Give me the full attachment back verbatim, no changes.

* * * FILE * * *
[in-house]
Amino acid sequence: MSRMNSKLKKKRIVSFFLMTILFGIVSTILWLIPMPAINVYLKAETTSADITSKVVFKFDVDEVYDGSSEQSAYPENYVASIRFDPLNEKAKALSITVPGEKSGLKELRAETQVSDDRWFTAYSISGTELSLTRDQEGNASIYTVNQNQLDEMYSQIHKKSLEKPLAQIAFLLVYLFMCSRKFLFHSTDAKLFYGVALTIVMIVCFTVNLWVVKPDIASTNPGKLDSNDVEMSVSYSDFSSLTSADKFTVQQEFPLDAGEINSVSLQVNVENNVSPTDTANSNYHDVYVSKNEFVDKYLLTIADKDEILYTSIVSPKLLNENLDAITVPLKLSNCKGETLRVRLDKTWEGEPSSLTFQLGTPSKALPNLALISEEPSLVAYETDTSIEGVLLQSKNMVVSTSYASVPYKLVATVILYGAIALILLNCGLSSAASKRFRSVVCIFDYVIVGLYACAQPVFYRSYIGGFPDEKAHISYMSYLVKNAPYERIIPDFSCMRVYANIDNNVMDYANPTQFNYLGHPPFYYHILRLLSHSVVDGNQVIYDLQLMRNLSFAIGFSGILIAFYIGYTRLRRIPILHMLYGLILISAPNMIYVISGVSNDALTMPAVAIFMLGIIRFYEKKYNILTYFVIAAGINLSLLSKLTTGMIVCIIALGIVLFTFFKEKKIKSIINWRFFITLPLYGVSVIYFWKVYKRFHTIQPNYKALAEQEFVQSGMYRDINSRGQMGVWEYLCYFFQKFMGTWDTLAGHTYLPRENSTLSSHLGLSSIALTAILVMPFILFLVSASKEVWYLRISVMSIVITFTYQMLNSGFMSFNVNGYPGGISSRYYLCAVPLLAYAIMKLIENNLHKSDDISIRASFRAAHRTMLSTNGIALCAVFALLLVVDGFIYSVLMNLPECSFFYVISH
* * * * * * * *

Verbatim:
[in-house]
Amino acid sequence: MSRMNSKLKKKRIVSFFLMTILFGIVSTILWLIPMPAINVYLKAETTSADITSKVVFKFDVDEVYDGSSEQSAYPENYVASIRFDPLNEKAKALSITVPGEKSGLKELRAETQVSDDRWFTAYSISGTELSLTRDQEGNASIYTVNQNQLDEMYSQIHKKSLEKPLAQIAFLLVYLFMCSRKFLFHSTDAKLFYGVALTIVMIVCFTVNLWVVKPDIASTNPGKLDSNDVEMSVSYSDFSSLTSADKFTVQQEFPLDAGEINSVSLQVNVENNVSPTDTANSNYHDVYVSKNEFVDKYLLTIADKDEILYTSIVSPKLLNENLDAITVPLKLSNCKGETLRVRLDKTWEGEPSSLTFQLGTPSKALPNLALISEEPSLVAYETDTSIEGVLLQSKNMVVSTSYASVPYKLVATVILYGAIALILLNCGLSSAASKRFRSVVCIFDYVIVGLYACAQPVFYRSYIGGFPDEKAHISYMSYLVKNAPYERIIPDFSCMRVYANIDNNVMDYANPTQFNYLGHPPFYYHILRLLSHSVVDGNQVIYDLQLMRNLSFAIGFSGILIAFYIGYTRLRRIPILHMLYGLILISAPNMIYVISGVSNDALTMPAVAIFMLGIIRFYEKKYNILTYFVIAAGINLSLLSKLTTGMIVCIIALGIVLFTFFKEKKIKSIINWRFFITLPLYGVSVIYFWKVYKRFHTIQPNYKALAEQEFVQSGMYRDINSRGQMGVWEYLCYFFQKFMGTWDTLAGHTYLPRENSTLSSHLGLSSIALTAILVMPFILFLVSASKEVWYLRISVMSIVITFTYQMLNSGFMSFNVNGYPGGISSRYYLCAVPLLAYAIMKLIENNLHKSDDISIRASFRAAHRTMLSTNGIALCAVFALLLVVDGFIYSVLMNLPECSFFYVISH